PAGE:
Fall of the House of UsherThis very early 1928 silent adaptation of Poe’s macabre tale is only 13 minutes. There are no inter cards to read, nor what we would call dialogue. The fashions are decidedly Roaring instead of Victorian, too.  The visuals are so out there-even nonsensical-that it’s almost tough to see Edgar in any of it.  Nonetheless, this moody piece is perfectly disturbed with great, haunting organ music and eerie, distorted photography.  It’s trippy, unexpected, and a little scary. This is another one of those old films that makes for a great demented projection during a spooky party or ghoulish gallery presentation. Though not for everyone, anyone who is a fan of early film experimentation or audiences who just like weird shows should definitely check this out.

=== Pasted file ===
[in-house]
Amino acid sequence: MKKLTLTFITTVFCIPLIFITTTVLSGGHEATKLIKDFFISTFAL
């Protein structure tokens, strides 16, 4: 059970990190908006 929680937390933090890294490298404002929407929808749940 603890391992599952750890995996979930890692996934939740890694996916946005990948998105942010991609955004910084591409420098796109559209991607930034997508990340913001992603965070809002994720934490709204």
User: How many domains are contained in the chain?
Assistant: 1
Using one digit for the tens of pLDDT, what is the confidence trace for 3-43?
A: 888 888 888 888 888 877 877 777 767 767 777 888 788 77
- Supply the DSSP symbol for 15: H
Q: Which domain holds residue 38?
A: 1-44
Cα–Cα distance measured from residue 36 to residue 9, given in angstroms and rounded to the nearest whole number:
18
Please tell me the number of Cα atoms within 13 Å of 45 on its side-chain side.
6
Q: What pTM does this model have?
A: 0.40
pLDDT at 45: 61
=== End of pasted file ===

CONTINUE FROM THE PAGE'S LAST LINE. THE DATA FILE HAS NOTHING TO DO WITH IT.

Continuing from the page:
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Faust – This 1926 F. W. Murnau biggie waxes on all the good and evil one can muster thanks to its Old World appeal, supernatural surreal, and timeless story. Familiar strings and sweeping orchestration ground the Expressionist horror framework with frenetic ills or melodic tender as needed while stunning images of angels both light and dark are fittingly disproportionate with oversized wings. So maybe the mounted skeletons may seem hokey, but the smoke and mirrors, creepy eyes, and evil horns make for superb overlays and superimposed shadows. Why do we toy with spectacular effects when each frame here is like a seamless painting – unlike contemporary, noticeably shoddy CGI. Ghoulish makeup, severe looks done with very little, dark hoods, rays of light, and religious iconography loom large, telling the tale with symbolic light and dark objects dueling for our attention – just like the delicate titular ballet. The battle for one man’s soul is set amid our earthly plague fears, and despite the torment and somewhat odd, dragging domestic humor, the acting is not over the top but subdued for the weighty subject. This macabre is closer to the past than the present, setting off the repentance questions and plague as divine retribution debate. His Old Testament gives no answer, and evil enters in on Faust’s doubts, trading decadence with quills to sign in blood, hourglass measures, alchemy, superimposed flames, and mystical books to match the thee and thou spells. Our deceiving little old man becomes more traditionally devilish looking with each lavish temptation, duplicitous with his immediate tricks of pleasure and unfulfilling youthful elixirs that cannot be sustained. Could you do good with such power? Flight and winds show not how high one goes but how far we will fall, and despite a somewhat overlong hour and forty minute full length edition, the grim sense of dread here snowballs as the looming evil drapes the bedchamber within his robes. Will innocence and love triumph and restore the divine? This stunning attention to detail not only makes me want to tackle Goethe again, but shows what can be done when time is taken to ensure a picture lasts 90 years rather than be a consumed and quickly forgotten 90 minutes. The multiple versions and assorted video reissues will bother completists, but we’re lucky to have these copies at all and horror fans and film students must see this still influential morality play.